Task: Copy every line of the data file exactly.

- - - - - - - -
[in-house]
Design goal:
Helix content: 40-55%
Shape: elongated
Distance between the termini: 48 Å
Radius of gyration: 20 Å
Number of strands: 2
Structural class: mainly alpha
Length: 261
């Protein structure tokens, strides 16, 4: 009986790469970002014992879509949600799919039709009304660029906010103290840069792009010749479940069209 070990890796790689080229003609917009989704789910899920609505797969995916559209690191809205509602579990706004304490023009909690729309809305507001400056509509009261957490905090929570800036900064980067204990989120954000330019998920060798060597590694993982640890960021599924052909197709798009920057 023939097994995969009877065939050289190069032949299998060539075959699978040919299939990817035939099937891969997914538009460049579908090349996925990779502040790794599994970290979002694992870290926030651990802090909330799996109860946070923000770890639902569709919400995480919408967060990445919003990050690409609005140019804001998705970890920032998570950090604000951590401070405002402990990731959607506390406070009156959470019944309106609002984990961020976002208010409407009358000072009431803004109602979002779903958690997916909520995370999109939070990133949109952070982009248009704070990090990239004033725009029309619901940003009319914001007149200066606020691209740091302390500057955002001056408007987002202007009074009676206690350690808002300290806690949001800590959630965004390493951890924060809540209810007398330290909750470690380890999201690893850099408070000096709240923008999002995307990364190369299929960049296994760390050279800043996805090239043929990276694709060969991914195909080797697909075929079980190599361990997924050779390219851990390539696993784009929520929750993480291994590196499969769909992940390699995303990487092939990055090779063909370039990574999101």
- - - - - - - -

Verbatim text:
[in-house]
Design goal:
Helix content: 40-55%
Shape: elongated
Distance between the termini: 48 Å
Radius of gyration: 20 Å
Number of strands: 2
Structural class: mainly alpha
Length: 261
């Protein structure tokens, strides 16, 4: 009986790469970002014992879509949600799919039709009304660029906010103290840069792009010749479940069209 070990890796790689080229003609917009989704789910899920609505797969995916559209690191809205509602579990706004304490023009909690729309809305507001400056509509009261957490905090929570800036900064980067204990989120954000330019998920060798060597590694993982640890960021599924052909197709798009920057 023939097994995969009877065939050289190069032949299998060539075959699978040919299939990817035939099937891969997914538009460049579908090349996925990779502040790794599994970290979002694992870290926030651990802090909330799996109860946070923000770890639902569709919400995480919408967060990445919003990050690409609005140019804001998705970890920032998570950090604000951590401070405002402990990731959607506390406070009156959470019944309106609002984990961020976002208010409407009358000072009431803004109602979002779903958690997916909520995370999109939070990133949109952070982009248009704070990090990239004033725009029309619901940003009319914001007149200066606020691209740091302390500057955002001056408007987002202007009074009676206690350690808002300290806690949001800590959630965004390493951890924060809540209810007398330290909750470690380890999201690893850099408070000096709240923008999002995307990364190369299929960049296994760390050279800043996805090239043929990276694709060969991914195909080797697909075929079980190599361990997924050779390219851990390539696993784009929520929750993480291994590196499969769909992940390699995303990487092939990055090779063909370039990574999101």